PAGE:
“Indiana has the nation’s most severe law in the nation for candidates who want to get on a presidential primary ballot. Years after the 2008 Indiana presidential primary was over, Democratic Party officials in Indiana were convicted of forging names on the petitions of both Barack Obama and Hillary Clinton, but their motivation was that without the forgery, the petitions for each of them would have failed.”

    I was involved with the petition drives to place Ron Paul on the Indiana primary ballot for both 2008 and 2012. We went out in the cold and collected our signatures the right way. The Indiana election officials checked Ron Paul’s signatures, and he had more than enough to make the ballot both times.

    The people who worked on the petition drives for Barack Obama and Hillary Clinton were too lazy to collect the signatures the proper way, so they took the easy way out and forged signatures, and they were arrogant enough to believe that they’d get away with it, which they did for a while. I’m glad that justice caught up with them and that they got prosecuted, the only bad thing is that since their campaigns cheated to get on the ballot, Obama and Hillary should not have been on the Indiana ballot. All of their votes should be thrown out. You’d best believe that that is what would have happened if the Ron Paul campaign had tried to cheat their way on the ballot.

  3. Andy

    I recall hearing in 2008 that there was something wrong with John McCain’s petition in Indiana, where he should not have been on the ballot either. I don’t think that it was forgery, I think that it was just bad validity in one or two districts. The petition requirement for major party candidates for President is 500 valid signatures out of each of Indiana’s 9 congressional districts. I think that McCain fell short of having 500 valid signatures in one district in Indiana, which, under Indiana ballot access law, means that he should have not been on the ballot in the entire states, because if you miss one district in Indiana, that is enough to not make the ballot in that state.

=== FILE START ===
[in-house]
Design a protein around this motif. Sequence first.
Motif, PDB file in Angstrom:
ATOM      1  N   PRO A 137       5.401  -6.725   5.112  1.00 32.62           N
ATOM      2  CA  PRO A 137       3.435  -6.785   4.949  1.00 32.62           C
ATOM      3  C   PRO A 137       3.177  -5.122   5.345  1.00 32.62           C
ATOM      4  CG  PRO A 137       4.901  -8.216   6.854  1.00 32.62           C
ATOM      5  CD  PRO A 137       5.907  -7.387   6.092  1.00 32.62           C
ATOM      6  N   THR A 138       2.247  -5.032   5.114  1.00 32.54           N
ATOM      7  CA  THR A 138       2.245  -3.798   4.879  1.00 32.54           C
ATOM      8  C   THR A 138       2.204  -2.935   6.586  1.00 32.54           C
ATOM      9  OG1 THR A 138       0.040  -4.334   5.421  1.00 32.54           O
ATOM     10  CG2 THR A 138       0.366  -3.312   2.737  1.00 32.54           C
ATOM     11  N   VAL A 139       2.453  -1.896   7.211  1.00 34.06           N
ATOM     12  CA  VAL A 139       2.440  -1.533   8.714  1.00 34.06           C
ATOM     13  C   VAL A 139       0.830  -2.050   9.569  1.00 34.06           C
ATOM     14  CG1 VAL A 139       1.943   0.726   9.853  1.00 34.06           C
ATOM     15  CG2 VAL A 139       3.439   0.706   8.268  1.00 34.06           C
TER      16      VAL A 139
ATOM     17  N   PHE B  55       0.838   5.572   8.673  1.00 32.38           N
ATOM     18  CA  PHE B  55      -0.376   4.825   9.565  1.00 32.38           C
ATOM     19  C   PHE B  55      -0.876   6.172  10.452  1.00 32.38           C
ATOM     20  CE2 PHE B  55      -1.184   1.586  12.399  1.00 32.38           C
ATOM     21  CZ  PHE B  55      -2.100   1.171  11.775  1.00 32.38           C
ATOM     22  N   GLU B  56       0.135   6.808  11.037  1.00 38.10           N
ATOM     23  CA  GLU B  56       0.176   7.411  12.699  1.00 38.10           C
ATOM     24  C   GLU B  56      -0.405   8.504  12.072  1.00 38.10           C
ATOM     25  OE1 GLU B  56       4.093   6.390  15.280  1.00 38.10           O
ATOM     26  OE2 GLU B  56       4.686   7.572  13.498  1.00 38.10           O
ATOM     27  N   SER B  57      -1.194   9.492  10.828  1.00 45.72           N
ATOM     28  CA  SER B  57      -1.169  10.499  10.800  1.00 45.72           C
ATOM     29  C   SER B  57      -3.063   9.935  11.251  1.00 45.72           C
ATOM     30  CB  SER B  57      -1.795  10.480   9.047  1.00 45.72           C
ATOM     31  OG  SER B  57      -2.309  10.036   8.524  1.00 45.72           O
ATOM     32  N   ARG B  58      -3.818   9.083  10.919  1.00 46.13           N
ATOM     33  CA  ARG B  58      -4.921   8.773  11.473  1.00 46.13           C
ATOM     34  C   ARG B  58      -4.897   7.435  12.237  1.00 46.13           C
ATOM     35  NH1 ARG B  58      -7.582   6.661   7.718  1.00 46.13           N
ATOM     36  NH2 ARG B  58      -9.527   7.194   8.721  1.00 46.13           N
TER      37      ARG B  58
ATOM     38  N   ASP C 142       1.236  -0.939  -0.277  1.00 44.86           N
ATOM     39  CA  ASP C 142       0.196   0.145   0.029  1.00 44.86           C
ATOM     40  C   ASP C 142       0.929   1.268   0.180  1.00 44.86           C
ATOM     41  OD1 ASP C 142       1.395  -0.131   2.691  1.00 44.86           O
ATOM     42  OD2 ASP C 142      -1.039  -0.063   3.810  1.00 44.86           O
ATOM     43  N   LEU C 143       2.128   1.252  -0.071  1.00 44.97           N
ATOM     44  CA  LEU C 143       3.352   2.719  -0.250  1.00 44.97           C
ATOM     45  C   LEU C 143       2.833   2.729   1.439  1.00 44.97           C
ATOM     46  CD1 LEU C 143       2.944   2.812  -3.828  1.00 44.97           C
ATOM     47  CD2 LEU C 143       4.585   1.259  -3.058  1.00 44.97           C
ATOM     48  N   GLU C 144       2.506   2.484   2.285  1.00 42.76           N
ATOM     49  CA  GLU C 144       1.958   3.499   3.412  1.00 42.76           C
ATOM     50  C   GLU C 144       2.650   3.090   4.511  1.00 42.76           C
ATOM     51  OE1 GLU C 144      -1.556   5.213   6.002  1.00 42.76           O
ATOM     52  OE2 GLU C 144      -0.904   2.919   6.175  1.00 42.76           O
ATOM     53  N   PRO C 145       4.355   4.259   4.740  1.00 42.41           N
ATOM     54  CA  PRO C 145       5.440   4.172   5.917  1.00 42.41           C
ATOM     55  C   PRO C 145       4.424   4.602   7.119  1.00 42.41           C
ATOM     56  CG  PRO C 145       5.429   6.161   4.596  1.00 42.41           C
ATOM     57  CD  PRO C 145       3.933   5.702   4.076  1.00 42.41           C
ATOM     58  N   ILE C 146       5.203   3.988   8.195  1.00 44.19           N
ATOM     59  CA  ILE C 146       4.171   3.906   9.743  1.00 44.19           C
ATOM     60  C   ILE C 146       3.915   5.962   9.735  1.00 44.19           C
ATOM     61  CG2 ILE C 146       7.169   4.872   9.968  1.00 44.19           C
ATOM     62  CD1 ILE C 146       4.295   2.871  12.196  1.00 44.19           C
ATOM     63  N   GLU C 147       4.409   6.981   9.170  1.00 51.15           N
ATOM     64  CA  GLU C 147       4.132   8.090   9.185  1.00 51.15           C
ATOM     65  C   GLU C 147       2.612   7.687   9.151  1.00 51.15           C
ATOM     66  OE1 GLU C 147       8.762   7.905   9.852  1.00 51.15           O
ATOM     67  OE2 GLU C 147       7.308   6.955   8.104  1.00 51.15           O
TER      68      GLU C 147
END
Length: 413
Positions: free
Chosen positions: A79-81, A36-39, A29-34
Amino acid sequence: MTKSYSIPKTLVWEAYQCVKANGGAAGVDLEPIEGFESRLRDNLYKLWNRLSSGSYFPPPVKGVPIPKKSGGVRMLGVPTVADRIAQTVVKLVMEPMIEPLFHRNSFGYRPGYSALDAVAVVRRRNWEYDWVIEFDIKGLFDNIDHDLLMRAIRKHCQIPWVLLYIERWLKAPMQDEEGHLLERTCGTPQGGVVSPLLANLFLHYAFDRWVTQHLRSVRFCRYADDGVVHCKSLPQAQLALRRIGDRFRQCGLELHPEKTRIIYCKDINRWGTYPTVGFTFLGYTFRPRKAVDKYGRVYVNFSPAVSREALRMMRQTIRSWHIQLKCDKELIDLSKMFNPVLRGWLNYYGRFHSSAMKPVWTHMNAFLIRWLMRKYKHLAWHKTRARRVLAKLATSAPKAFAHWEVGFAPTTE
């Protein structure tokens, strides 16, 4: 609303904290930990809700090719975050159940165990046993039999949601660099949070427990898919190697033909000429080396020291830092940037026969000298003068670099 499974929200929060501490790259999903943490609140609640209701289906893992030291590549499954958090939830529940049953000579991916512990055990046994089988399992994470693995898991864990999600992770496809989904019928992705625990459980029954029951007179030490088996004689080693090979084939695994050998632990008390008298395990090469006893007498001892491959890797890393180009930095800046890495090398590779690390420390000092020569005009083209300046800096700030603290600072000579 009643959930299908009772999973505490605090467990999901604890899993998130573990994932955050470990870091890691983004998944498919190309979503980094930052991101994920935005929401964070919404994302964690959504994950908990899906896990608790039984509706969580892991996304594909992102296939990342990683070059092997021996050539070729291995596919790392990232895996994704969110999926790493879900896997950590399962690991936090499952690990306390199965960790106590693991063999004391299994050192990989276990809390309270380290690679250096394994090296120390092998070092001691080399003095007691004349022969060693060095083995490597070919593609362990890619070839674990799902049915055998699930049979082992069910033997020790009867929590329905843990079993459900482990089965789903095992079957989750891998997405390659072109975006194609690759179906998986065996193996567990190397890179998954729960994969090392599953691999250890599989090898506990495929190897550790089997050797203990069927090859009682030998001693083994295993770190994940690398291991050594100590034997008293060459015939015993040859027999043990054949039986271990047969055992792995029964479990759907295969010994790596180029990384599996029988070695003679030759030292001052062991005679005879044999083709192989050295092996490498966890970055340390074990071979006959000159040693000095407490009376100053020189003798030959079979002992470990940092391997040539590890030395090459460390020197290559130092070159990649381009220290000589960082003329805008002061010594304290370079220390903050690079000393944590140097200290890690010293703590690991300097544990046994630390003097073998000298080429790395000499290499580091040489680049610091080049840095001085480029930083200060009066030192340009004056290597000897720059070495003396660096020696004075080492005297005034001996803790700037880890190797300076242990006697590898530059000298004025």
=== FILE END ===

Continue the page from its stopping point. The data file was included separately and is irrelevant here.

I also recall that Bush should not have been on the ballot in Illinois in either 2004 or 2008, and that neither Bush or Kerry should have been on the ballot in Texas in 2008.

    The bottom line here is that the rules apply more to some people than to others, as in if you are not one of the political establishment’s choices, you’d damn well dot every “i” and cross every “t” or you will be kept off the ballot, but if you are one of the political establishment’s choices then you can not comply with the rules and the election officials will just look the other way and put you on the ballot anyway.

    • Michael

      McCain wasn’t the only one with problems getting on the ballot via each district. In 1972, GOP Rep. John Ashbrook failed to get on the statewide ballot because he was short 175 signatures in two districts. In 1976, Dem. Rep. Morris Udall failed to get on the statewide ballot because he was short 35 signatures in one district.

  4. Andy

    “Michael

    May 26, 2014 at 11:36 am

    McCain wasn’t the only one with problems getting on the ballot via each district. In 1972, GOP Rep. John Ashbrook failed to get on the statewide ballot because he was short 175 signatures in two districts. In 1976, Dem. Rep. Morris Udall failed to get on the statewide ballot because he was short 35 signatures in one district.”

    Yes, but the point was that John McCain was put on the ballot in spite of not having enough valid signatures in one district. The rules were ignored for him because he was the choice of the political establishment to be the Republican Party nominee for President. This is an example of the rules applying more to some people than to others.